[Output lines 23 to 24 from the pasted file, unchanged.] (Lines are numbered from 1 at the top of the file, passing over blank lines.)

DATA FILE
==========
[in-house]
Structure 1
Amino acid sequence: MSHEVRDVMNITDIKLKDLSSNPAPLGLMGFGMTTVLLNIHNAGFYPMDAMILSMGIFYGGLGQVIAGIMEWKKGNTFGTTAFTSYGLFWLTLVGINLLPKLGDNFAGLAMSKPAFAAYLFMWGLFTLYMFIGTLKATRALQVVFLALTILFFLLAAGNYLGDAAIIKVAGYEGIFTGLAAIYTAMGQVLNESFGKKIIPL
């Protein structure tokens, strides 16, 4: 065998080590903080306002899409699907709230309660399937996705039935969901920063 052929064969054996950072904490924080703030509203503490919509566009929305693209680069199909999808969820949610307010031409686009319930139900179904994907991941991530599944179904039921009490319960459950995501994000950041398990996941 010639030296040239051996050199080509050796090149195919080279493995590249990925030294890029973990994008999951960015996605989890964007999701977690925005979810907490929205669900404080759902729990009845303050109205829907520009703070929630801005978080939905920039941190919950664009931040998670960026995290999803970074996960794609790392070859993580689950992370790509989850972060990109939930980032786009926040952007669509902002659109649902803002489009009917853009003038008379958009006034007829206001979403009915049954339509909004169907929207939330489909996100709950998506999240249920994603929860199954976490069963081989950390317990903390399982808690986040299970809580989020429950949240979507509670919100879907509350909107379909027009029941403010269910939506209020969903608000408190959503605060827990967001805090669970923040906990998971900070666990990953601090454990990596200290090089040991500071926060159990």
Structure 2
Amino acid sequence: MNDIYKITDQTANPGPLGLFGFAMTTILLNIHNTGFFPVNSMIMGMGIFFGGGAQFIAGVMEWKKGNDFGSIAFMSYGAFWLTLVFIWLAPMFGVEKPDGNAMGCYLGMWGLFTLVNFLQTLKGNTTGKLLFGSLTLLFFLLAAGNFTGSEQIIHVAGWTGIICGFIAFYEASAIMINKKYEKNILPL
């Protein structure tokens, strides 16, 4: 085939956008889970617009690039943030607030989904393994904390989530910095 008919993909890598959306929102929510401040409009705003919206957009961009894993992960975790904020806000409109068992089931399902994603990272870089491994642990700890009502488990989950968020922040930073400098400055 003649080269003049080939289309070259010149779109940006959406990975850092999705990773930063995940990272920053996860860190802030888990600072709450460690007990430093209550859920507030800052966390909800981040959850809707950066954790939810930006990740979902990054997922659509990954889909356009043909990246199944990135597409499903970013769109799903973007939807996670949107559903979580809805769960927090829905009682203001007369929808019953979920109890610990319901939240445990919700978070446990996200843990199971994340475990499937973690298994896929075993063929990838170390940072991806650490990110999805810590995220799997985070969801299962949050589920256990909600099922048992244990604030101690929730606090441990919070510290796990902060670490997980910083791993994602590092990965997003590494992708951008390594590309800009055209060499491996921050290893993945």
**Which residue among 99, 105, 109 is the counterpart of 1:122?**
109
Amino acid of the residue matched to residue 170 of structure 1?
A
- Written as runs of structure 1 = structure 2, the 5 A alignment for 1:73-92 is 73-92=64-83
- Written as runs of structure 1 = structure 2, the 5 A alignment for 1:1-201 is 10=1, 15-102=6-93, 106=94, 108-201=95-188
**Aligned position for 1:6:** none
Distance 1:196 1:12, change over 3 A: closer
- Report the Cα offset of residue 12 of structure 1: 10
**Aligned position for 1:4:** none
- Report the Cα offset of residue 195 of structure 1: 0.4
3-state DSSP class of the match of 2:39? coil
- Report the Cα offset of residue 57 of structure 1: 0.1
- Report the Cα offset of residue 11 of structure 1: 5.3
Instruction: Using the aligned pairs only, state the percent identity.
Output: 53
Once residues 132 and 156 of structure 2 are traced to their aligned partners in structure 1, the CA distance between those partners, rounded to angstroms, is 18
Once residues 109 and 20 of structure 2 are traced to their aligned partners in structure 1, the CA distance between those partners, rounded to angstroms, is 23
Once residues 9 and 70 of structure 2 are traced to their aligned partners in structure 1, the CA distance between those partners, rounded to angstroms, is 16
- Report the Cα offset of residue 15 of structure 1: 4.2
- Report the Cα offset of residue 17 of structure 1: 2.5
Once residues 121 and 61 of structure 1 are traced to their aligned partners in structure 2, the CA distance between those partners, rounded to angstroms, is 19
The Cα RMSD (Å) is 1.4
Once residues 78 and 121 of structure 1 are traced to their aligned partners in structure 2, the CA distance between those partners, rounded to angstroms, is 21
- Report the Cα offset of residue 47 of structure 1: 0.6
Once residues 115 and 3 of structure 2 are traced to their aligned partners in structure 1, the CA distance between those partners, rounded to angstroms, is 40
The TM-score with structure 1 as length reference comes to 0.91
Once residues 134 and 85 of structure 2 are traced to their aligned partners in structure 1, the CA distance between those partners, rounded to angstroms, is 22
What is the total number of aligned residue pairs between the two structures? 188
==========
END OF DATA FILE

Output: 53
Once residues 132 and 156 of structure 2 are traced to their aligned partners in structure 1, the CA distance between those partners, rounded to angstroms, is 18